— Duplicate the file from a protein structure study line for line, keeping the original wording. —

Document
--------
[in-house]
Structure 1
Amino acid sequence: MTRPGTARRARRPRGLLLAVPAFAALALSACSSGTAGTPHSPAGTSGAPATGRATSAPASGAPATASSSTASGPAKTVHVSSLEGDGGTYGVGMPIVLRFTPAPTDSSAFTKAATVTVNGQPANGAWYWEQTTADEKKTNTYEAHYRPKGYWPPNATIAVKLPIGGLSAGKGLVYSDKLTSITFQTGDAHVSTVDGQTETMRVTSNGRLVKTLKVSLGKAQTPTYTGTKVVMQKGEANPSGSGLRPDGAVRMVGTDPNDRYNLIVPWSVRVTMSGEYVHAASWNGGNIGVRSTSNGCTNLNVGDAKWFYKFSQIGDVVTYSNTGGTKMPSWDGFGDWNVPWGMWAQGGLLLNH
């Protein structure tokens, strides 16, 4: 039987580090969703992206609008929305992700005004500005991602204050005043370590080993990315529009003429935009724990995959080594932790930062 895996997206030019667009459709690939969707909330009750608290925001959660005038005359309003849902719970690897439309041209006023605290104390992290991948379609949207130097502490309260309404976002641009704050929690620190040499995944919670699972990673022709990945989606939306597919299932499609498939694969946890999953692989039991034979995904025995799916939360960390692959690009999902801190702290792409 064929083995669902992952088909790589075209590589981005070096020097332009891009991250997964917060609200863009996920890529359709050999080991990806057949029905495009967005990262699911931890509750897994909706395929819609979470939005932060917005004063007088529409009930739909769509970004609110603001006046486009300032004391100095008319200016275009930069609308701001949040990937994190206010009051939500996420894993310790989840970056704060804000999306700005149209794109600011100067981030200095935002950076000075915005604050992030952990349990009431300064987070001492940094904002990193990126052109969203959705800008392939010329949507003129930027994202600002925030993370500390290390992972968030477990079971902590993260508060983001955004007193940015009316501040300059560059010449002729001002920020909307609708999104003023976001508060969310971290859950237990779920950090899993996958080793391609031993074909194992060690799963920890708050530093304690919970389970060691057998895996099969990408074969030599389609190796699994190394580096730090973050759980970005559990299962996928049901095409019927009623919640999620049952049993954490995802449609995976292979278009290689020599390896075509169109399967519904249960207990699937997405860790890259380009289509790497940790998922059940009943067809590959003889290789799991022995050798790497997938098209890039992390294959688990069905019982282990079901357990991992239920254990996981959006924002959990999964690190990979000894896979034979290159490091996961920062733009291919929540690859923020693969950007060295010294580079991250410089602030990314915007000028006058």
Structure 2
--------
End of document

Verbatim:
[in-house]
Structure 1
Amino acid sequence: MTRPGTARRARRPRGLLLAVPAFAALALSACSSGTAGTPHSPAGTSGAPATGRATSAPASGAPATASSSTASGPAKTVHVSSLEGDGGTYGVGMPIVLRFTPAPTDSSAFTKAATVTVNGQPANGAWYWEQTTADEKKTNTYEAHYRPKGYWPPNATIAVKLPIGGLSAGKGLVYSDKLTSITFQTGDAHVSTVDGQTETMRVTSNGRLVKTLKVSLGKAQTPTYTGTKVVMQKGEANPSGSGLRPDGAVRMVGTDPNDRYNLIVPWSVRVTMSGEYVHAASWNGGNIGVRSTSNGCTNLNVGDAKWFYKFSQIGDVVTYSNTGGTKMPSWDGFGDWNVPWGMWAQGGLLLNH
């Protein structure tokens, strides 16, 4: 039987580090969703992206609008929305992700005004500005991602204050005043370590080993990315529009003429935009724990995959080594932790930062 895996997206030019667009459709690939969707909330009750608290925001959660005038005359309003849902719970690897439309041209006023605290104390992290991948379609949207130097502490309260309404976002641009704050929690620190040499995944919670699972990673022709990945989606939306597919299932499609498939694969946890999953692989039991034979995904025995799916939360960390692959690009999902801190702290792409 064929083995669902992952088909790589075209590589981005070096020097332009891009991250997964917060609200863009996920890529359709050999080991990806057949029905495009967005990262699911931890509750897994909706395929819609979470939005932060917005004063007088529409009930739909769509970004609110603001006046486009300032004391100095008319200016275009930069609308701001949040990937994190206010009051939500996420894993310790989840970056704060804000999306700005149209794109600011100067981030200095935002950076000075915005604050992030952990349990009431300064987070001492940094904002990193990126052109969203959705800008392939010329949507003129930027994202600002925030993370500390290390992972968030477990079971902590993260508060983001955004007193940015009316501040300059560059010449002729001002920020909307609708999104003023976001508060969310971290859950237990779920950090899993996958080793391609031993074909194992060690799963920890708050530093304690919970389970060691057998895996099969990408074969030599389609190796699994190394580096730090973050759980970005559990299962996928049901095409019927009623919640999620049952049993954490995802449609995976292979278009290689020599390896075509169109399967519904249960207990699937997405860790890259380009289509790497940790998922059940009943067809590959003889290789799991022995050798790497997938098209890039992390294959688990069905019982282990079901357990991992239920254990996981959006924002959990999964690190990979000894896979034979290159490091996961920062733009291919929540690859923020693969950007060295010294580079991250410089602030990314915007000028006058």
Structure 2